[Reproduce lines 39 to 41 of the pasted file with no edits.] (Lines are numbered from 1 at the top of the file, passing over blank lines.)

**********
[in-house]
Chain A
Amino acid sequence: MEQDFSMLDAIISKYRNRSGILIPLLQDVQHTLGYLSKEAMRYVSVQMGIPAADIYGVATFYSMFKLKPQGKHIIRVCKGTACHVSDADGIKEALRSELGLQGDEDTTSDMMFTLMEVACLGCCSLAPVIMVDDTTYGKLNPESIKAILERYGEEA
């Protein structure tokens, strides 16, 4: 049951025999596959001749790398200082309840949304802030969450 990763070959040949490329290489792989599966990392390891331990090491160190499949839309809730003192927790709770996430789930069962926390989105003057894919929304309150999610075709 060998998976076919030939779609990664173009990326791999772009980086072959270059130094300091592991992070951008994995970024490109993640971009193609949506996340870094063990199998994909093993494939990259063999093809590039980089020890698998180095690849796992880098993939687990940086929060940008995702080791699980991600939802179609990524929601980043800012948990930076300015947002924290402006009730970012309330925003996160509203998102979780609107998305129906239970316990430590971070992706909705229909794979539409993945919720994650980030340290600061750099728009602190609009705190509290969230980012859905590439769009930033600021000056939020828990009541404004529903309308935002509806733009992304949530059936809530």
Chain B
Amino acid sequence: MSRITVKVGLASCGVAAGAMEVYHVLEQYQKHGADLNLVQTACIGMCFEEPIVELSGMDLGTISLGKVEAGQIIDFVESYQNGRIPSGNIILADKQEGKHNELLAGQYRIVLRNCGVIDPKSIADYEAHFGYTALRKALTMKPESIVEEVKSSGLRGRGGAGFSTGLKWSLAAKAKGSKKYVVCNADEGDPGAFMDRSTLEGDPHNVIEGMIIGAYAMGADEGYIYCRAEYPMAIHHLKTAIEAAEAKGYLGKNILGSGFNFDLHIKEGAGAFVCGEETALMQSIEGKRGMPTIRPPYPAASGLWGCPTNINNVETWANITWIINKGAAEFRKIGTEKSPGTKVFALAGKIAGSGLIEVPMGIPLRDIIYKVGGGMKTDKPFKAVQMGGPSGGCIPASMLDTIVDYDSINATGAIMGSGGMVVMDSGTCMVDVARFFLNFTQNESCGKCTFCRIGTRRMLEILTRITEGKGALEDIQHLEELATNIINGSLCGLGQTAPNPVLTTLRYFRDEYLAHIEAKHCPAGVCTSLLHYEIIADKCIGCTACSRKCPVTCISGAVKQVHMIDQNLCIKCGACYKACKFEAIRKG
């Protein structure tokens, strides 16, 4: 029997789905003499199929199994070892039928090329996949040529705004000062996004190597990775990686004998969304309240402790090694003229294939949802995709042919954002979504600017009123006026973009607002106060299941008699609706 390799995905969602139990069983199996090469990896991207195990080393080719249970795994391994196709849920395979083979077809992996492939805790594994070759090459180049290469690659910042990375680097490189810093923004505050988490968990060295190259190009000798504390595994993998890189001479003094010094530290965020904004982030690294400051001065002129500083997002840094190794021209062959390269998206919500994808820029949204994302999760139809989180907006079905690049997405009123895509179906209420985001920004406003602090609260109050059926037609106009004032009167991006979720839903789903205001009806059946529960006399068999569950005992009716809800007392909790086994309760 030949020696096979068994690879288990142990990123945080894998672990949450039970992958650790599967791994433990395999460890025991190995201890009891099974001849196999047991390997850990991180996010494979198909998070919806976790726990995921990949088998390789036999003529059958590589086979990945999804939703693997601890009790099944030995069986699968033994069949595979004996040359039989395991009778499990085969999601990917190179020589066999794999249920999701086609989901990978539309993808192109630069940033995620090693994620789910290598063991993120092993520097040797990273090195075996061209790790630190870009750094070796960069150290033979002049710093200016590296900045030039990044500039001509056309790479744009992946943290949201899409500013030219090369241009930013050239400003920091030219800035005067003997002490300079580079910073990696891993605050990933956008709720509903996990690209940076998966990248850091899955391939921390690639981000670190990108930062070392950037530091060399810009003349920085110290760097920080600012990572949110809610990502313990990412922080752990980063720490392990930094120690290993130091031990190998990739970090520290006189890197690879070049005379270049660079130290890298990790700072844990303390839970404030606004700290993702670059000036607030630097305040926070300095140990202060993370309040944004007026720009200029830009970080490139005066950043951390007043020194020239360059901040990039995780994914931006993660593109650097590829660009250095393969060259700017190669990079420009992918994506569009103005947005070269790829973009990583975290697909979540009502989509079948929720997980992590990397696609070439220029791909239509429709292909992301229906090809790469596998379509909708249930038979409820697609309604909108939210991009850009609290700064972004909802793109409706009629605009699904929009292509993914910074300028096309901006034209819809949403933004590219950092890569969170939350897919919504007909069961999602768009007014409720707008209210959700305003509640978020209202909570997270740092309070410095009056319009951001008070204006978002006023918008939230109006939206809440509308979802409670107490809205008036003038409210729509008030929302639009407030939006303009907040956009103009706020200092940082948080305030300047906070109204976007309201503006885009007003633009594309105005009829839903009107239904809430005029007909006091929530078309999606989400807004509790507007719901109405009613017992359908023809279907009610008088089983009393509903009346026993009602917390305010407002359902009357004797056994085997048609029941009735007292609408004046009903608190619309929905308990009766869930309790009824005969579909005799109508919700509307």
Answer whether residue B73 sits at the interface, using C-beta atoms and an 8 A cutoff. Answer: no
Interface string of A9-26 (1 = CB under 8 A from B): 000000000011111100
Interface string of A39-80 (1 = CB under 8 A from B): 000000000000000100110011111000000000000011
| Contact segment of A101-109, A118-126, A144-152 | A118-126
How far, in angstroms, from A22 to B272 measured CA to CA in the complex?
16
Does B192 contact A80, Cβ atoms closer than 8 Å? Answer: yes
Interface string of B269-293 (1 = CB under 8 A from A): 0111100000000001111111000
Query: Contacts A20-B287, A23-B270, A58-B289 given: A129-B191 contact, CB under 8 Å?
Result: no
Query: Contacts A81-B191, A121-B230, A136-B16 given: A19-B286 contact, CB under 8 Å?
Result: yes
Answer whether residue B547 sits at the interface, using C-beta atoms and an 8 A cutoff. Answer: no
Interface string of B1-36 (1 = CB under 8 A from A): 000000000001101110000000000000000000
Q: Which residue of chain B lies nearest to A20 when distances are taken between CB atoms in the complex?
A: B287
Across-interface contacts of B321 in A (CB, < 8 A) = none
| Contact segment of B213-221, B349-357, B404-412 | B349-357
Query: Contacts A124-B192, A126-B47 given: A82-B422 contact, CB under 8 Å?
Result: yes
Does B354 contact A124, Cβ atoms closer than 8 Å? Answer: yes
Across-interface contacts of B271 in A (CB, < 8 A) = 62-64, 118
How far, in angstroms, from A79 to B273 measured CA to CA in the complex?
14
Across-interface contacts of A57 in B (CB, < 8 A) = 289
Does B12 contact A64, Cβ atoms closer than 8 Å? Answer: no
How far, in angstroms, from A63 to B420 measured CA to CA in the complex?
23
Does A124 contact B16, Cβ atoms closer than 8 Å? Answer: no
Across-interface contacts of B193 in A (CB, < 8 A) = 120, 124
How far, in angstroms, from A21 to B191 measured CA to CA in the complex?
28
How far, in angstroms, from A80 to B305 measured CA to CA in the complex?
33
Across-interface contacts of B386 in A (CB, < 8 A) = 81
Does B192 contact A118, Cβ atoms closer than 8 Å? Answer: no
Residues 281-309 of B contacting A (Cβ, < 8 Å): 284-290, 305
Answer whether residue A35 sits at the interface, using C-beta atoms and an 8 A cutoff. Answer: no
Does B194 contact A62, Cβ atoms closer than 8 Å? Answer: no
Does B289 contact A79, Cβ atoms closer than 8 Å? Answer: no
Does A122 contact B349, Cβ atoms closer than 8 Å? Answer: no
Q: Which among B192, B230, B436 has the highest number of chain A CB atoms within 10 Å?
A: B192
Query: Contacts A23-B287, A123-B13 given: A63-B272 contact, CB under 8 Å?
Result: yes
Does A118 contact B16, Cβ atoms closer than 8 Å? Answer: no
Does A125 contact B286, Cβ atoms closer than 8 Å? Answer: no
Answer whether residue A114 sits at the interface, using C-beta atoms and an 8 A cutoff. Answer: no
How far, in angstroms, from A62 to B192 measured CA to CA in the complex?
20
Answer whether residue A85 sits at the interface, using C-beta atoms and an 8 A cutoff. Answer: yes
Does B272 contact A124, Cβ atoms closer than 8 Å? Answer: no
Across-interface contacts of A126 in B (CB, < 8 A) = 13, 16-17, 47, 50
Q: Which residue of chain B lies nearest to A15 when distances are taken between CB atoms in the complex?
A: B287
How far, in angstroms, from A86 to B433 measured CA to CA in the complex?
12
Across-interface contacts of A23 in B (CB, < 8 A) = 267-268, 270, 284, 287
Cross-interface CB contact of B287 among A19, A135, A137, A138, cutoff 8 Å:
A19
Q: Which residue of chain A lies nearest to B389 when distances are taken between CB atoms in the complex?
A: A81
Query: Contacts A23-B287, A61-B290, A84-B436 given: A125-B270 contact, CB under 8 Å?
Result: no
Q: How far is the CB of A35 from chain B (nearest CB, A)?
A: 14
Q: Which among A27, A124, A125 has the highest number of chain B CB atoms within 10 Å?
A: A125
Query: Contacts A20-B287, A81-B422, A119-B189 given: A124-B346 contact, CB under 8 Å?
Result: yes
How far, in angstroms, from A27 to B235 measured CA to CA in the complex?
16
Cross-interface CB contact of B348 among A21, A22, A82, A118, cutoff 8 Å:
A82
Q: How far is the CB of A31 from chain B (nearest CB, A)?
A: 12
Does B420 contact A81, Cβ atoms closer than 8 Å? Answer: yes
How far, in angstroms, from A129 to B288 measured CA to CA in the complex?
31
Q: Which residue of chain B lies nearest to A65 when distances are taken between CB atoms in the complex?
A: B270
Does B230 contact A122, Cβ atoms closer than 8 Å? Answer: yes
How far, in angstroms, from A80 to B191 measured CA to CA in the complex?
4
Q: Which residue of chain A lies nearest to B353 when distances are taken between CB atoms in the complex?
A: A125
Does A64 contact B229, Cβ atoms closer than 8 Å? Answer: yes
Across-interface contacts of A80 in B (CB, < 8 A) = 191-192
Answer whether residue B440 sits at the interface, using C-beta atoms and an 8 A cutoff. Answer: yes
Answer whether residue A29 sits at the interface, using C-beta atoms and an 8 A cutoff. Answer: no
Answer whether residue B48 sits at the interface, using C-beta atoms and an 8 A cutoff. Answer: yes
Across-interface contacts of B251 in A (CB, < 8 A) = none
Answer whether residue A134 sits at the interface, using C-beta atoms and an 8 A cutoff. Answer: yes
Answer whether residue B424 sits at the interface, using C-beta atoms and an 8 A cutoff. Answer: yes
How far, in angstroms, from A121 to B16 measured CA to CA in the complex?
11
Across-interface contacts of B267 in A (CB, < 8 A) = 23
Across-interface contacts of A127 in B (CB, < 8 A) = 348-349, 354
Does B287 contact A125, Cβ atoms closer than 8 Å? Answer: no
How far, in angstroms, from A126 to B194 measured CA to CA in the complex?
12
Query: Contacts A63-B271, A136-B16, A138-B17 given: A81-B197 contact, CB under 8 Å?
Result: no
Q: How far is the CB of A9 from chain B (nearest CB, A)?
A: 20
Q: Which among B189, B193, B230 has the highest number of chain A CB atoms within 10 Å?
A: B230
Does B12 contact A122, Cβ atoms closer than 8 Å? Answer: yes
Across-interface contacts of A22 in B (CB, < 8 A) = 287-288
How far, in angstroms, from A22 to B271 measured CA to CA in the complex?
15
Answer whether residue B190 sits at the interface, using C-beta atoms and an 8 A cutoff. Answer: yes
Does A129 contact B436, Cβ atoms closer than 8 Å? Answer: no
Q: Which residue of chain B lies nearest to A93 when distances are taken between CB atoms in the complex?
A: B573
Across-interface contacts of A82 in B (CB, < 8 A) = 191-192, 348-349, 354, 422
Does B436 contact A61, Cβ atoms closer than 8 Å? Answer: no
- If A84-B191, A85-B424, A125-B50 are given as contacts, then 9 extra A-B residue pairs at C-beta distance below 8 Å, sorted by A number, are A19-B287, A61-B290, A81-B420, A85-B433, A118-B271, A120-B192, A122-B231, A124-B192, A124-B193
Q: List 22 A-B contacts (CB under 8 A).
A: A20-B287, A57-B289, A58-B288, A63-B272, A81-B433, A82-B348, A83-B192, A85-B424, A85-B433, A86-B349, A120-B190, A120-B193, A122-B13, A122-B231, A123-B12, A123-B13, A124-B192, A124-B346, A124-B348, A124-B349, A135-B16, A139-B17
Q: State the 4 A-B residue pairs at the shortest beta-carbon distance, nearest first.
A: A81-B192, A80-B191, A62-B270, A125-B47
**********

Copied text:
28
How far, in angstroms, from A80 to B305 measured CA to CA in the complex?
33